# Thread: Using the General Power rule to find the derivative

1. ## Using the General Power rule to find the derivative

Use the general power rule to find the derivative of the function:

$\displaystyle y=\sqrt[3]{3x^3}{+4x}$

Need some assistance solving down using the General Power Rule. Thanks.

EDIT: The SqRt I messed up the LaTex it's suppose to be everything square rooted. The +4x is suppose to be included in it...

2. $\displaystyle \left( {\sqrt[3]{{3x^3 + 4x}}} \right)^\prime = \frac{1} {3}\left( {3x^3 + 4x} \right)^{\frac{1} {3} - 1} \cdot \left( {3x^3 + 4x} \right)^\prime = \frac{1} {3}\left( {3x^3 + 4x} \right)^{ - 2/3} \cdot \left( {6x^2 + 4} \right)$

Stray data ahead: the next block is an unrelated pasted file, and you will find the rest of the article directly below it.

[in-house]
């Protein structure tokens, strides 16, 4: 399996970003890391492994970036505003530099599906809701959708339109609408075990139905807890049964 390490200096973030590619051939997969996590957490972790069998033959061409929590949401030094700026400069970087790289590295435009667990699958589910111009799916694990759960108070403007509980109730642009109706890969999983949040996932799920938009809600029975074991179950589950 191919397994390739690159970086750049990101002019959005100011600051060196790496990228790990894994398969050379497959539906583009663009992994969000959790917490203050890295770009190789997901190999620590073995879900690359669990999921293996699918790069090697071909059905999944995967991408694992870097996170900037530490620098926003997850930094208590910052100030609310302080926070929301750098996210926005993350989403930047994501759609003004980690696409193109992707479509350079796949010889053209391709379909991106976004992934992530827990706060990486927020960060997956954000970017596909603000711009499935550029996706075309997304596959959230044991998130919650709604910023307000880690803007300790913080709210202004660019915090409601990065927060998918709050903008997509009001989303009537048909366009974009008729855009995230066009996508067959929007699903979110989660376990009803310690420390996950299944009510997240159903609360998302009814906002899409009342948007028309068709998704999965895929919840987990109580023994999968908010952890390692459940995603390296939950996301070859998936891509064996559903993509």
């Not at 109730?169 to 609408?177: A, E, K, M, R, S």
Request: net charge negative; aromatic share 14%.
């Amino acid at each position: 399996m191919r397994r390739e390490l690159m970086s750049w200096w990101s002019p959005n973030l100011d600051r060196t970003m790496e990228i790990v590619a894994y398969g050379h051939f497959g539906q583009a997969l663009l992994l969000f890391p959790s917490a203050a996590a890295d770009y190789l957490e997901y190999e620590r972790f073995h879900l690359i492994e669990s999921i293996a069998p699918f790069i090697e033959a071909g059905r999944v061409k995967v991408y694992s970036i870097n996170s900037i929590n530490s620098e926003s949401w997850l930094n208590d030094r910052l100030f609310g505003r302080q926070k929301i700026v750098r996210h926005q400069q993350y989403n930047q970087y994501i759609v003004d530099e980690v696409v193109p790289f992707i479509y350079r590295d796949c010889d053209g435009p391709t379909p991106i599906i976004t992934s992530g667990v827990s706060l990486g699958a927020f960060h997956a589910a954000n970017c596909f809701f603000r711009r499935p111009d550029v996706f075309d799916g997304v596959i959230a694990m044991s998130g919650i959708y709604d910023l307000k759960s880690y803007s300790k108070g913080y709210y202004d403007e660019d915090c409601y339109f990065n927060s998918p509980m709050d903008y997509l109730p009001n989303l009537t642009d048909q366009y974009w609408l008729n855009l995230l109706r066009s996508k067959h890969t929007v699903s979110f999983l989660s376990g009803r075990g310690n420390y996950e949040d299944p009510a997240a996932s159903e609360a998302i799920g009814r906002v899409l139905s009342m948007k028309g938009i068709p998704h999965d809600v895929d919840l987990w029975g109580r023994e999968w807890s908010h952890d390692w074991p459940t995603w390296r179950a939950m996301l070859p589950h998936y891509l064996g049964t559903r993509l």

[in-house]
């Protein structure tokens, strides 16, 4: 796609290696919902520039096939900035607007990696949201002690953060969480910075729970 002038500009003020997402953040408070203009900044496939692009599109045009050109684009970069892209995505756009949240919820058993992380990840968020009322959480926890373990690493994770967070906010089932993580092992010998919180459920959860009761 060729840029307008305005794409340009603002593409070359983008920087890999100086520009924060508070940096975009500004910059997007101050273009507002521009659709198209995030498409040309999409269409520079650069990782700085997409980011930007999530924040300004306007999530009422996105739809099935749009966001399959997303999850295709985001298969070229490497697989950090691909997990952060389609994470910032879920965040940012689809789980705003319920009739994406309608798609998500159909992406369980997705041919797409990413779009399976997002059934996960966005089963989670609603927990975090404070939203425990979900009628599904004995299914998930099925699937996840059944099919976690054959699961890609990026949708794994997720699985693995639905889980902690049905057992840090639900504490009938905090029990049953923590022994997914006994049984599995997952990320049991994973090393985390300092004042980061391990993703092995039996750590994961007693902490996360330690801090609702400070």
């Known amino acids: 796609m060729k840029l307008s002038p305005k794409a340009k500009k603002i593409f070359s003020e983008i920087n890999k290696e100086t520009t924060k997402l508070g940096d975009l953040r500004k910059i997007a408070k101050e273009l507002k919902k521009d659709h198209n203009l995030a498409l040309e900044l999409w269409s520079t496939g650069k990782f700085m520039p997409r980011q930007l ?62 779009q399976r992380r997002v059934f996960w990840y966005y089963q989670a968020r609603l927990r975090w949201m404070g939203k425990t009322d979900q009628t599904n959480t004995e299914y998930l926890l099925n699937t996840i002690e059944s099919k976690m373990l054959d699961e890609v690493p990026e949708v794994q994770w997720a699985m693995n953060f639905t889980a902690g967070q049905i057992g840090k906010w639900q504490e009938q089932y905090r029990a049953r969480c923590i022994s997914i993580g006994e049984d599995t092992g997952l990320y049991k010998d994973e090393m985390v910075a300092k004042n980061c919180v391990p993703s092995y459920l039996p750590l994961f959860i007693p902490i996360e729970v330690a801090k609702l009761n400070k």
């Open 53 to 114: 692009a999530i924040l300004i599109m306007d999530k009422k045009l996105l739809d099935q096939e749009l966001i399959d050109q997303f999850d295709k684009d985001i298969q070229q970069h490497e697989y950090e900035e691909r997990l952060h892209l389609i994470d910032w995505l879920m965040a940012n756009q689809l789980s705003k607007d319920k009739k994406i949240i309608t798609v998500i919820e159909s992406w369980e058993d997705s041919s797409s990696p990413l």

P.D: power rule=chain rule?

3. Originally Posted by Nacho
$\displaystyle \left( {\sqrt[3]{{3x^3 + 4x}}} \right)^\prime = \frac{1} {3}\left( {3x^3 + 4x} \right)^{\frac{1} {3} - 1} \cdot \left( {3x^3 + 4x} \right)^\prime = \frac{1} {3}\left( {3x^3 + 4x} \right)^{ - 2/3} \cdot \color{red}{ \left({6x^2 + 4} \right)}$

P.D: power rule=chain rule?
The part in red isn't correct.

4. Originally Posted by Spec
The part in red isn't correct.
ajajaj 3x3=6

sorry